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Peggy Wilson poses with Simpson res­i­dents before President’s Ball.
Courtesy | Peggy Wilson

For most new house directors, winning over 180 guys isn’t easy, but for Peggy Wilson, all it took was her Ford F‑250. 

When Wilson first became house director of Simpson dor­mitory in 2014, she wasn’t sure how she would handle so many boys in one place. 

“At that time, it was before the ren­o­va­tions, so there were 180 guys here,” said Wilson. “I went, ‘180 guys?’ Okay well, this is what God meant for me to be.” 

For­tu­nately, Wilson’s F‑250 made a strong first impression, par­tic­u­larly on the head res­ident advisor. 

“I had a big F‑250, and I parked in the house director spot. My head RA said when he pulled up, ‘I don’t know who the idiot was in the house director’s spot,” Wilson said. “And then he goes, ‘When I found out it’s your truck, I was like, ‘she’s gonna work out.’” 

Before coming to Hillsdale, Wilson worked as a social worker in Jonesville for over 16 years until the facility that she worked at shut down in early 2014. 

“I lost my job of 16 and a half years and several people from there had come to work at the college in house­keeping,” said Wilson. “I started watching the webpage for the college and the Kappa Kappa Gamma house director came up.” 

The deans decided to hire Wilson as house director, but not for a sorority. For­tu­nately, Wilson said she appre­ciates getting to work with boys instead of girls as house director. 

“I’m much better with guys than I would be with girls because I’m pretty straight­forward,” Wilson said. “I don’t mix words. If you’re being stupid, I’ll tell you you’re being stupid. I probably can’t say that to girls as easily.”

Wilson’ expe­rience as a mother of three sons pre­pared her for the respon­si­bil­ities of house director. 

“I think any­thing that the guys here would think of doing, my boys did,” Wilson said. 

As house director, Wilson has had many fun expe­ri­ences, espe­cially from the video com­pe­ti­tions held during home­coming week. She remembers filming one video after Simpson had won mul­tiple con­sec­utive home­coming weeks.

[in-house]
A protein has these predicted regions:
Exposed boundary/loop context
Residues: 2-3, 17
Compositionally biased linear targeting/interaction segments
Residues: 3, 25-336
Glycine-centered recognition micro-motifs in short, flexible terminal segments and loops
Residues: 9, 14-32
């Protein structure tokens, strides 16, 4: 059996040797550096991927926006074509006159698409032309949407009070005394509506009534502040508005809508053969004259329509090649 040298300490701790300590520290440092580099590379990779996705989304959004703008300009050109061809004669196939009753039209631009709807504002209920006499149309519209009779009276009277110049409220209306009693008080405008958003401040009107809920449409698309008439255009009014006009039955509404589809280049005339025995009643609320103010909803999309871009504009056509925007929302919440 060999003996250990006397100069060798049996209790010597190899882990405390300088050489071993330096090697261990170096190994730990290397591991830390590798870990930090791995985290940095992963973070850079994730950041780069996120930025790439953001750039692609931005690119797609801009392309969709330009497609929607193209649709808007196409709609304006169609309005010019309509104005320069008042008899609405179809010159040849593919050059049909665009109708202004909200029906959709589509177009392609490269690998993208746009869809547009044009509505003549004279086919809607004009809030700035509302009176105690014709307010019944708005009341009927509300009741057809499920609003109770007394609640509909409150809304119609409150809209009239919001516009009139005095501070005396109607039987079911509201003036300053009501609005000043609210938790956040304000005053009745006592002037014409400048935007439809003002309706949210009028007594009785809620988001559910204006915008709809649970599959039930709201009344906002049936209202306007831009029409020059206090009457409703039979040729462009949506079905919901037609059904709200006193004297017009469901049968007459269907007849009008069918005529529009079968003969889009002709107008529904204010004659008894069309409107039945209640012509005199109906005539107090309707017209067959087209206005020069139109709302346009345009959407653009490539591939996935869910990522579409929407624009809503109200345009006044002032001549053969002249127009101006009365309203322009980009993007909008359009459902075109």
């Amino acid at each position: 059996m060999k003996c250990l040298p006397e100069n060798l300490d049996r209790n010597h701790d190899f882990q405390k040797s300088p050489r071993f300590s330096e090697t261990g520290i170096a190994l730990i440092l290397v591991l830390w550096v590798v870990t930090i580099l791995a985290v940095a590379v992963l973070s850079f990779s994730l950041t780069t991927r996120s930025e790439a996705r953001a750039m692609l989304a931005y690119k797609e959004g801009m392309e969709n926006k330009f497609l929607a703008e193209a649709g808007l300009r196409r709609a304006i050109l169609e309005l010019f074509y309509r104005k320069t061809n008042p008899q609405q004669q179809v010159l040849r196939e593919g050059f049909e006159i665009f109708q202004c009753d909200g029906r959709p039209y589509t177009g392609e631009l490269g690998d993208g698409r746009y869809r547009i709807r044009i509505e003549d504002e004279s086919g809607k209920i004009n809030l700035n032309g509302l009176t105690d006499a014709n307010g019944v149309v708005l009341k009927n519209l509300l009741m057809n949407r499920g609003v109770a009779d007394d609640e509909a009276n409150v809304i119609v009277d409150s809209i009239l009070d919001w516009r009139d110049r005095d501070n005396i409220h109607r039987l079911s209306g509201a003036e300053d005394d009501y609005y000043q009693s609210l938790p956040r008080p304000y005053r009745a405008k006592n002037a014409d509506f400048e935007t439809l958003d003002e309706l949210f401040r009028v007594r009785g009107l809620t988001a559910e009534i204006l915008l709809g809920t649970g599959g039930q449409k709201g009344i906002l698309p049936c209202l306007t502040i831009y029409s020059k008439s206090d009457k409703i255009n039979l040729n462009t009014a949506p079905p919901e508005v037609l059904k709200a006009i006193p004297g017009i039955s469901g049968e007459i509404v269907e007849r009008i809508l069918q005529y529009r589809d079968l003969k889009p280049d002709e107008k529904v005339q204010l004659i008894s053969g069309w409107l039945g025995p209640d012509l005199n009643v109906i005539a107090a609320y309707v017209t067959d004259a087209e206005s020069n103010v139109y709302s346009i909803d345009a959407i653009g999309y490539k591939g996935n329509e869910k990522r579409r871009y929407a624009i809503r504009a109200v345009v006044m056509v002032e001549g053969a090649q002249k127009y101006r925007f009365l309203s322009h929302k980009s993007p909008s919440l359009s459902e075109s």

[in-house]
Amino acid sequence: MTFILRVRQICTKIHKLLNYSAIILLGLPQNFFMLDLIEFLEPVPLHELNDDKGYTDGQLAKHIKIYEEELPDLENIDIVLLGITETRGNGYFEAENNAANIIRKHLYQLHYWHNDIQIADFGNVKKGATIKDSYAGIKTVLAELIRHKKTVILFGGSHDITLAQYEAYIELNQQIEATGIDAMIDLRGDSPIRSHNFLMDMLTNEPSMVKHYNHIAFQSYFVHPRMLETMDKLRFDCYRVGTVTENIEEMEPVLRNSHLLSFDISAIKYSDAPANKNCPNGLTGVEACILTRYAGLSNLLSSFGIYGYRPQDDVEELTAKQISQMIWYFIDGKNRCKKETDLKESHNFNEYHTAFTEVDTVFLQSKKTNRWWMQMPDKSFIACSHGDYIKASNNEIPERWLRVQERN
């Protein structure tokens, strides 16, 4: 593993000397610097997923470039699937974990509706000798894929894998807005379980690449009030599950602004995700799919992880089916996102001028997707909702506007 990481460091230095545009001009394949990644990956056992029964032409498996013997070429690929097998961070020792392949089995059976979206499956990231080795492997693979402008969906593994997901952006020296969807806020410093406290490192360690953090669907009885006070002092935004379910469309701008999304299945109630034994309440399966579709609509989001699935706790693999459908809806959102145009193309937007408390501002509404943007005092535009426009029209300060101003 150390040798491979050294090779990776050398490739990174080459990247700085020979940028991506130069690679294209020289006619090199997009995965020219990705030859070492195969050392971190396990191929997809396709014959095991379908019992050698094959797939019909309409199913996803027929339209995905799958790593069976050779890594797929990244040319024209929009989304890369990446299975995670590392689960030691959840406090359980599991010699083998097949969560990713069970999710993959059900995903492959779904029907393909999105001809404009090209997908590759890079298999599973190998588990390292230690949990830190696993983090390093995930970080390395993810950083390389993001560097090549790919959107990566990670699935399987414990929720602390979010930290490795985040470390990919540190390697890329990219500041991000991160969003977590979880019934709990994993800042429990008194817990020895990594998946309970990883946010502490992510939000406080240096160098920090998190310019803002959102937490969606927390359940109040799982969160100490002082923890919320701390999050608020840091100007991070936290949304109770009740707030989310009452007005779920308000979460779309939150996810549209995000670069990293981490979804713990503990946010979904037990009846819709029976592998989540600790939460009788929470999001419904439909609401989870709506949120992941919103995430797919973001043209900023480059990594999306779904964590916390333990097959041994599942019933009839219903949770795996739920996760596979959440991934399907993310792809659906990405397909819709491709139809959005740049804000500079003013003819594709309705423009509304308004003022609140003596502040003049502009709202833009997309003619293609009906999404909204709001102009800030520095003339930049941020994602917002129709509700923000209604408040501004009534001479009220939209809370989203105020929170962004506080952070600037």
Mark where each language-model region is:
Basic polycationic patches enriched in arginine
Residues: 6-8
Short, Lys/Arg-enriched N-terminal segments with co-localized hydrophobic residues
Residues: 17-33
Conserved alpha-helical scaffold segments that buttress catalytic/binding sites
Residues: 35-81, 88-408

“I can’t remember what the theme was, but we did one we called ‘The Heist of the Century’,” Wilson said. We used Central Hall, and we run up the stairs all dressed in black. There’s this huge fake diamond on top of the home­coming trophy. We get at the top of the stairs, and the guy that was running the video goes, ‘Ms. Wilson, I have an idea. Instead of taking the diamond, hit the diamond off of the trophy and go ‘This belongs to us’ and pick it up.’ So I flung off the diamond and said ‘This belongs to us,’ and I took the trophy.”

Wilson has a distict phi­losophy for over­seeing the dorm. 

“This is my motto: RAs run the dorm, and I just make sure it happens,” Wilson said. “They’re adult men and they need to learn those lead­ership skills, but some­times I have to go, ‘Let’s rethink that.’ I am the voice of reason.” 

Sophomore Joseph Ran­dolph, one of Simpson’s head RAs for the 2022 – 2023 aca­demic year, said he appre­ciates how Wilson gives the RAs oppor­tu­nities to lead. 

“I really appre­ciate that Ms. Wilson del­e­gates a lot, and she really empowers us,” Ran­dolph said. “She gives us the power to exper­iment with what it means to be men and to have respon­si­bility and what it means to establish rules and uphold them.” 

Wilson has fos­tered the rela­tionship between dorm lead­ership and new stu­dents. She said that what she most appre­ciates about working as a house director in a small school like Hillsdale is the per­sonal connections.

“It’s that per­son­alness, everybody knows everybody,” Wilson said. “In a bigger school, it’s not that nobody cares, but it’s not the same as here; people are con­cerned what’s going on. If somebody is not coming out of their room, we can figure out what’s going on and give them the help they need.”

Senior Grant Boyes, a current head RA at Simpson, also high­lighted the per­sonal nature of the dorm, some­thing he said Wilson exemplifies.

 “She’s good at the ‘Hey, maybe this guy needs a talking to,’” said Boyes. “She under­stands what it takes to raise college freshmen and has a vision of what that needs to look like for men to be fathers and hus­bands.” 

Wilson said what she loves most about her job is meeting freshmen and watching as they mature into men. She said she’s always impressed with their dili­gence in studying, vol­unteer work, and on-campus employment. 

“I enjoy being able to meet these won­derful, smart young men and see how hard they work. Not only do most of the guys here have a rig­orous classes, but they also are vol­un­teering, and most of them have some kind of job on campus,” Wilson said. “They’re very well-rounded.”

“I get to watch them grow from that freshman year and see the dif­ference in how they’ve grown over those years,” Wilson said. “And I still see the freshman in them.”